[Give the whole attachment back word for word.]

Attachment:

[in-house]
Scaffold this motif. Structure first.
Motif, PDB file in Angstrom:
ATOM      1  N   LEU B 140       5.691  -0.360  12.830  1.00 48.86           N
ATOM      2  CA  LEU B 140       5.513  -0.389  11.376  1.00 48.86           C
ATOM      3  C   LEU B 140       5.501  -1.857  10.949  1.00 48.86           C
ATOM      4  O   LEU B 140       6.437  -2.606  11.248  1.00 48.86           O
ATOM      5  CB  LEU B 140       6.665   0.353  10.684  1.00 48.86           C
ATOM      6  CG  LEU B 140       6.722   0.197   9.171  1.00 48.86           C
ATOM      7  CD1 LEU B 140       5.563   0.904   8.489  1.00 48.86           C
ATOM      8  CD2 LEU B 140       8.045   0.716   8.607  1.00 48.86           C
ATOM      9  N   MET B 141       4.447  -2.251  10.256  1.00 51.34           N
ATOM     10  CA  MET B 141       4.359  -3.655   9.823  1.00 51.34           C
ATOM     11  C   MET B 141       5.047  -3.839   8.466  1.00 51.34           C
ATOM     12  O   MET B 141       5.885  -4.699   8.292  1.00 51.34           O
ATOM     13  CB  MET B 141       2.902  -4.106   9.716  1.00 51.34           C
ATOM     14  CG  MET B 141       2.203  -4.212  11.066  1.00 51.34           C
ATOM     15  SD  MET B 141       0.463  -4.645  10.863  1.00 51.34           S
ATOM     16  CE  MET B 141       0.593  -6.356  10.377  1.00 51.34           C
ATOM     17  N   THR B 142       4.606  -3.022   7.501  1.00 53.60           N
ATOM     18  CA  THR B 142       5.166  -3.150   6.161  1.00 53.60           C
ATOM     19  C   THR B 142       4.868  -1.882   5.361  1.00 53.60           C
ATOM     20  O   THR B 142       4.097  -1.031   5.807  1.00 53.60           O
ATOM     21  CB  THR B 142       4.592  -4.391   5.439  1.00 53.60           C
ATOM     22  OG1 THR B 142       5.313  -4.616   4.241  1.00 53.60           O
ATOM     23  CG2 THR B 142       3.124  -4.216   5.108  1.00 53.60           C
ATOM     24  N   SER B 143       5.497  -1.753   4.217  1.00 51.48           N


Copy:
[in-house]
Scaffold this motif. Structure first.
Motif, PDB file in Angstrom:
ATOM      1  N   LEU B 140       5.691  -0.360  12.830  1.00 48.86           N
ATOM      2  CA  LEU B 140       5.513  -0.389  11.376  1.00 48.86           C
ATOM      3  C   LEU B 140       5.501  -1.857  10.949  1.00 48.86           C
ATOM      4  O   LEU B 140       6.437  -2.606  11.248  1.00 48.86           O
ATOM      5  CB  LEU B 140       6.665   0.353  10.684  1.00 48.86           C
ATOM      6  CG  LEU B 140       6.722   0.197   9.171  1.00 48.86           C
ATOM      7  CD1 LEU B 140       5.563   0.904   8.489  1.00 48.86           C
ATOM      8  CD2 LEU B 140       8.045   0.716   8.607  1.00 48.86           C
ATOM      9  N   MET B 141       4.447  -2.251  10.256  1.00 51.34           N
ATOM     10  CA  MET B 141       4.359  -3.655   9.823  1.00 51.34           C
ATOM     11  C   MET B 141       5.047  -3.839   8.466  1.00 51.34           C
ATOM     12  O   MET B 141       5.885  -4.699   8.292  1.00 51.34           O
ATOM     13  CB  MET B 141       2.902  -4.106   9.716  1.00 51.34           C
ATOM     14  CG  MET B 141       2.203  -4.212  11.066  1.00 51.34           C
ATOM     15  SD  MET B 141       0.463  -4.645  10.863  1.00 51.34           S
ATOM     16  CE  MET B 141       0.593  -6.356  10.377  1.00 51.34           C
ATOM     17  N   THR B 142       4.606  -3.022   7.501  1.00 53.60           N
ATOM     18  CA  THR B 142       5.166  -3.150   6.161  1.00 53.60           C
ATOM     19  C   THR B 142       4.868  -1.882   5.361  1.00 53.60           C
ATOM     20  O   THR B 142       4.097  -1.031   5.807  1.00 53.60           O
ATOM     21  CB  THR B 142       4.592  -4.391   5.439  1.00 53.60           C
ATOM     22  OG1 THR B 142       5.313  -4.616   4.241  1.00 53.60           O
ATOM     23  CG2 THR B 142       3.124  -4.216   5.108  1.00 53.60           C
ATOM     24  N   SER B 143       5.497  -1.753   4.217  1.00 51.48           N